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Just as Black Americans in general are big on diversions, we are just as big on, as the oldheads would say back in the day, “selling wolf tickets”. This is most in evidence with Black women – the Baby Boomers, GenXers and now even some Millennials can be heard bellowing down through the decades about how “strong and independent” they are and how they don’t “need no man”. Tell that to Ms. Karen Jennings, the 65-year old Black spinster and subject of the recent Ozy website article, “Why Black Women Are Aging Alone” (Jan 31, 2020):

“Karen Jennings had hit rock bottom. Four years after the market crash of 2008, her life savings and investments were gone. She’d been forced to sell the house she’d co-owned and lived in with her aunt and mother, who by then had died.

Jennings has always taken pride in holding steady jobs — jobs she has loved — like teaching and working at a parish. But in 2013, the Virginia native declared bankruptcy. As an only child who never married or had children, Jennings — now age 65 — had few relatives to lean on for support. “Friends could only help me … so far,” she says. “What family I had — they tried to help me every way they could, but they couldn’t.”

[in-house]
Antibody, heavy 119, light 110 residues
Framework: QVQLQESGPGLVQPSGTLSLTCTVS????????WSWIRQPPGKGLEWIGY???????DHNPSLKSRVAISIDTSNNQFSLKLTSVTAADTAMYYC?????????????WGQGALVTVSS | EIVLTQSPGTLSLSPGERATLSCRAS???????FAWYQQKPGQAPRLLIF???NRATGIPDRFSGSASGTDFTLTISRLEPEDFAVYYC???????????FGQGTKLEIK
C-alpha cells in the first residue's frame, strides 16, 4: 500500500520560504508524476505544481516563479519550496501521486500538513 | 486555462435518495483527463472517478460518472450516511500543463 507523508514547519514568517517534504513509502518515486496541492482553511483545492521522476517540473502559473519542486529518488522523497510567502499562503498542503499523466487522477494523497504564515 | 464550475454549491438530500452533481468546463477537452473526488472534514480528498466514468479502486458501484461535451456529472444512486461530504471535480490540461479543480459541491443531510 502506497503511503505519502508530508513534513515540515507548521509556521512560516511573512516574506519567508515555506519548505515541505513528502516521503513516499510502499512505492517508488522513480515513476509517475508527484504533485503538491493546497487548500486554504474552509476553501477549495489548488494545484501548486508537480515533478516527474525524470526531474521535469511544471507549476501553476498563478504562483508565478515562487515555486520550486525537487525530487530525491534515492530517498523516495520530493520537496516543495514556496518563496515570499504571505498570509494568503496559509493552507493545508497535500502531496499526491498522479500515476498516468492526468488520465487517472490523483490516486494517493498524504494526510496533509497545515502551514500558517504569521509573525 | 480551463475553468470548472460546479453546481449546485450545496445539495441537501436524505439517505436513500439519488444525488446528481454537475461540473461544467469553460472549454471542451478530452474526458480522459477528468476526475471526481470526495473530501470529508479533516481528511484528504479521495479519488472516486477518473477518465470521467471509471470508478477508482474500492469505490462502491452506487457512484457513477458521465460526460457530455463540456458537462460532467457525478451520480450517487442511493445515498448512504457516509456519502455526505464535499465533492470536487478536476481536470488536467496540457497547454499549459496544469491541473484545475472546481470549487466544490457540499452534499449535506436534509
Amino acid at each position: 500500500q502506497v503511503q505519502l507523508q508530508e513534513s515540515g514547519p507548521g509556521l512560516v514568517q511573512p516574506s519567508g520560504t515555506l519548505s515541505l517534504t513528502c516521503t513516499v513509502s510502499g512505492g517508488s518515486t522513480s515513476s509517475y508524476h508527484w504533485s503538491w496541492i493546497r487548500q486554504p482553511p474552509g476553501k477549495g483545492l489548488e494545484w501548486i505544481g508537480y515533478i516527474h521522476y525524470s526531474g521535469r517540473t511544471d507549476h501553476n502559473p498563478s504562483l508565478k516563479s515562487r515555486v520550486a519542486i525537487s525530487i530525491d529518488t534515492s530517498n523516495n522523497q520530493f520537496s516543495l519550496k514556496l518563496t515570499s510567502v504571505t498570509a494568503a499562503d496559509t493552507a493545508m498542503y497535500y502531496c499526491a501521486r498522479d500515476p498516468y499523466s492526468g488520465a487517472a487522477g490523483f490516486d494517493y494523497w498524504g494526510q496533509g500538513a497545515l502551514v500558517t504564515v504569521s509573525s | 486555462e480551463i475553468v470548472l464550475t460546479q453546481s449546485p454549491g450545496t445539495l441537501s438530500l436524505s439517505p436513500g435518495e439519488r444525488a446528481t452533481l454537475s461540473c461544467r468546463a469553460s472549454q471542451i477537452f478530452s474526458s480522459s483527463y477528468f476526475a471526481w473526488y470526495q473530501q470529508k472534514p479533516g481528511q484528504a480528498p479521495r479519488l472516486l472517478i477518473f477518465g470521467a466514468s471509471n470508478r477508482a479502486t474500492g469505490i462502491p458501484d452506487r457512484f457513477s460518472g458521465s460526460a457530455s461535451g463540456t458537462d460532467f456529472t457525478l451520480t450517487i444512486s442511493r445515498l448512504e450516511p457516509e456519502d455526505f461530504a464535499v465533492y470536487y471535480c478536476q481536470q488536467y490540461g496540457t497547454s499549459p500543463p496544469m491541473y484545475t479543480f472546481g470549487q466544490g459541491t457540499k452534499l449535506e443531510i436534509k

Jennings is part of a growing number of Black women who are aging alone. By 2060, 1 in 4 Americans will be 65 years or older, according to the Census Bureau. Gaps in the U.S. health care system mean that family members often need to provide medical, emotional and financial support to keep their elders alive. But research published in 2017 by American and Canadian sociologists shows that elder Black U.S. women face a “kin gap” — meaning they are without a partner, children, siblings or parents who still alive — at rates higher than other demographics.”

The article continues with this interesting tidbit:

“That gap’s also widening faster than for other communities — 2.2 percent of Black women and 1.7 percent of Black men were “kinless” (also called “elder orphans”) in 2015, compared to just over 1 percent of White women and less than 1 percent of White men. These figures are projected to hit over 7 percent for Black women and nearly 6 percent for Black men by 2060. That means 1.6 million Black women — the size of Philadelphia‘s population — will be living without kin by then.”

That’s right, dear reader – in just four decades’ time, the sheer number of Black Spinsters will be the size of the ENTIRE CITY POPULATION OF PHILLY. And they will need protection/security, housing and healthcare – WITH NO ONE THERE IN THE WAY OF A SPOUSE OR FAMILY TO PROVIDE IT.

You might recall, last fall, when I cited an article that had to do with my hometown on this very issue: